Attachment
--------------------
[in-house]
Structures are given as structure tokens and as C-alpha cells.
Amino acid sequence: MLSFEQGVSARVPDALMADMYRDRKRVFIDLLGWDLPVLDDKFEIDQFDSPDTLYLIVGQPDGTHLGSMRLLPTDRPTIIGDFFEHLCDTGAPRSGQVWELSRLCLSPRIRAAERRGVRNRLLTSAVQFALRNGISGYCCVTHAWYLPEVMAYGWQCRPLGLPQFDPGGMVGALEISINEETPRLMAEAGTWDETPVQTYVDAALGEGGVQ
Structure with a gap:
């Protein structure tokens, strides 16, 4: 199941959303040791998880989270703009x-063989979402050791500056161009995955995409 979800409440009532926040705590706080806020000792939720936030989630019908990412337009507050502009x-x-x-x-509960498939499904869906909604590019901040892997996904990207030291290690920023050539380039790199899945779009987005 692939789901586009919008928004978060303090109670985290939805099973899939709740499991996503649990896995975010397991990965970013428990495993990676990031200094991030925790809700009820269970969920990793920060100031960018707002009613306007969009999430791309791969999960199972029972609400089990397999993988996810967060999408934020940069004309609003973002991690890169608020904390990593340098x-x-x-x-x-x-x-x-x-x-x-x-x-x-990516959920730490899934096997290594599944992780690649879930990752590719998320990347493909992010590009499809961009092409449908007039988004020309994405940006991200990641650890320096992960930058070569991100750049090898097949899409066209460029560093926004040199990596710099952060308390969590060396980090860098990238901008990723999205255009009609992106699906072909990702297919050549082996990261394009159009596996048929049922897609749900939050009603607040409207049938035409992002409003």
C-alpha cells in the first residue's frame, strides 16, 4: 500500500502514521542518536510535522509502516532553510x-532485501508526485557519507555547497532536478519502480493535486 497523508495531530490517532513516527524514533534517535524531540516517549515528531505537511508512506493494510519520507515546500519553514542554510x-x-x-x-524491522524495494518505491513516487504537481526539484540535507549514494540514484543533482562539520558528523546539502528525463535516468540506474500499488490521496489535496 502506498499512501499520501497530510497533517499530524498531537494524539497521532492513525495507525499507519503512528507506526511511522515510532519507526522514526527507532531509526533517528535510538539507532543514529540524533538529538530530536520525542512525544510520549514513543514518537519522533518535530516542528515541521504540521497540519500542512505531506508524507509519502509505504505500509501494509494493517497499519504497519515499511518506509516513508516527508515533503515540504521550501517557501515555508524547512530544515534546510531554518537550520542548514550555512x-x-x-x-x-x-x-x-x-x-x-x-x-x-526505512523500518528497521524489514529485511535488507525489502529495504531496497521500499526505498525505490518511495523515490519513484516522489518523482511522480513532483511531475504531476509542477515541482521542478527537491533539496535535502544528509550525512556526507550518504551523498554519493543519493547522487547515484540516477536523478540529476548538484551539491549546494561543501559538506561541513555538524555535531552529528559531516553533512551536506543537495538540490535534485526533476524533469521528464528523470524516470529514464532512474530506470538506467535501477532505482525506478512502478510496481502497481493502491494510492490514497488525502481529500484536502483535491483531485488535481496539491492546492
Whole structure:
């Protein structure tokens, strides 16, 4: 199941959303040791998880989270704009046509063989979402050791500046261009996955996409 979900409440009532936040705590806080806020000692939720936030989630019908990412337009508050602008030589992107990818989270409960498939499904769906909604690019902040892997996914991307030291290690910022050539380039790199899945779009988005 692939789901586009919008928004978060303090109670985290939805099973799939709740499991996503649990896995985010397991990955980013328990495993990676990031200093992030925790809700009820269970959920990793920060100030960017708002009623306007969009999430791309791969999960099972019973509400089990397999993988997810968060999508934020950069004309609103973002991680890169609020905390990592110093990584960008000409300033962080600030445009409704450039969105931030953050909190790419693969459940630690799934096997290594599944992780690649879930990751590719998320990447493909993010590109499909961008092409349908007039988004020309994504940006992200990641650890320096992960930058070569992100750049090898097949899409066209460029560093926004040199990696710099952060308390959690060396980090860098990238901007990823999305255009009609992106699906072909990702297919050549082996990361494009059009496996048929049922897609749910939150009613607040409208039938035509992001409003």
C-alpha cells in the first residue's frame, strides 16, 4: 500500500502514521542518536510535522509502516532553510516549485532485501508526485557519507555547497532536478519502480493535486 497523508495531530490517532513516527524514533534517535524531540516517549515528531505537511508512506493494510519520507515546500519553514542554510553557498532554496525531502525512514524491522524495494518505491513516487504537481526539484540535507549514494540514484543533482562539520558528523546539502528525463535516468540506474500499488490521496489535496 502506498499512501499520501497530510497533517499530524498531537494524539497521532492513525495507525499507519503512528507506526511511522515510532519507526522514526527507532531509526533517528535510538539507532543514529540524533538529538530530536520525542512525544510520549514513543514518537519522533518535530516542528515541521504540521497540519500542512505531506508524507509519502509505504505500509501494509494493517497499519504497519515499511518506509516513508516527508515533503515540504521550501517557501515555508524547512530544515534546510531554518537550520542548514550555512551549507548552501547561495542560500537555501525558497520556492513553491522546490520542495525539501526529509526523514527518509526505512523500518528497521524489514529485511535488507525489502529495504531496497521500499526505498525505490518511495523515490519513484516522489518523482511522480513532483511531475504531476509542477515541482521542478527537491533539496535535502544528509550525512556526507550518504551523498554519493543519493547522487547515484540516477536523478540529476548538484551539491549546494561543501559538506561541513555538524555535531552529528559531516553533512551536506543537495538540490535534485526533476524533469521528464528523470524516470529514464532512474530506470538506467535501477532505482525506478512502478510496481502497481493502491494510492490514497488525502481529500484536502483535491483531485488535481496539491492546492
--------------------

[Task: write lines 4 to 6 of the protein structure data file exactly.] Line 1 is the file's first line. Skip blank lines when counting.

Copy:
Structure with a gap:
């Protein structure tokens, strides 16, 4: 199941959303040791998880989270703009x-063989979402050791500056161009995955995409 979800409440009532926040705590706080806020000792939720936030989630019908990412337009507050502009x-x-x-x-509960498939499904869906909604590019901040892997996904990207030291290690920023050539380039790199899945779009987005 692939789901586009919008928004978060303090109670985290939805099973899939709740499991996503649990896995975010397991990965970013428990495993990676990031200094991030925790809700009820269970969920990793920060100031960018707002009613306007969009999430791309791969999960199972029972609400089990397999993988996810967060999408934020940069004309609003973002991690890169608020904390990593340098x-x-x-x-x-x-x-x-x-x-x-x-x-x-990516959920730490899934096997290594599944992780690649879930990752590719998320990347493909992010590009499809961009092409449908007039988004020309994405940006991200990641650890320096992960930058070569991100750049090898097949899409066209460029560093926004040199990596710099952060308390969590060396980090860098990238901008990723999205255009009609992106699906072909990702297919050549082996990261394009159009596996048929049922897609749900939050009603607040409207049938035409992002409003």
C-alpha cells in the first residue's frame, strides 16, 4: 500500500502514521542518536510535522509502516532553510x-532485501508526485557519507555547497532536478519502480493535486 497523508495531530490517532513516527524514533534517535524531540516517549515528531505537511508512506493494510519520507515546500519553514542554510x-x-x-x-524491522524495494518505491513516487504537481526539484540535507549514494540514484543533482562539520558528523546539502528525463535516468540506474500499488490521496489535496 502506498499512501499520501497530510497533517499530524498531537494524539497521532492513525495507525499507519503512528507506526511511522515510532519507526522514526527507532531509526533517528535510538539507532543514529540524533538529538530530536520525542512525544510520549514513543514518537519522533518535530516542528515541521504540521497540519500542512505531506508524507509519502509505504505500509501494509494493517497499519504497519515499511518506509516513508516527508515533503515540504521550501517557501515555508524547512530544515534546510531554518537550520542548514550555512x-x-x-x-x-x-x-x-x-x-x-x-x-x-526505512523500518528497521524489514529485511535488507525489502529495504531496497521500499526505498525505490518511495523515490519513484516522489518523482511522480513532483511531475504531476509542477515541482521542478527537491533539496535535502544528509550525512556526507550518504551523498554519493543519493547522487547515484540516477536523478540529476548538484551539491549546494561543501559538506561541513555538524555535531552529528559531516553533512551536506543537495538540490535534485526533476524533469521528464528523470524516470529514464532512474530506470538506467535501477532505482525506478512502478510496481502497481493502491494510492490514497488525502481529500484536502483535491483531485488535481496539491492546492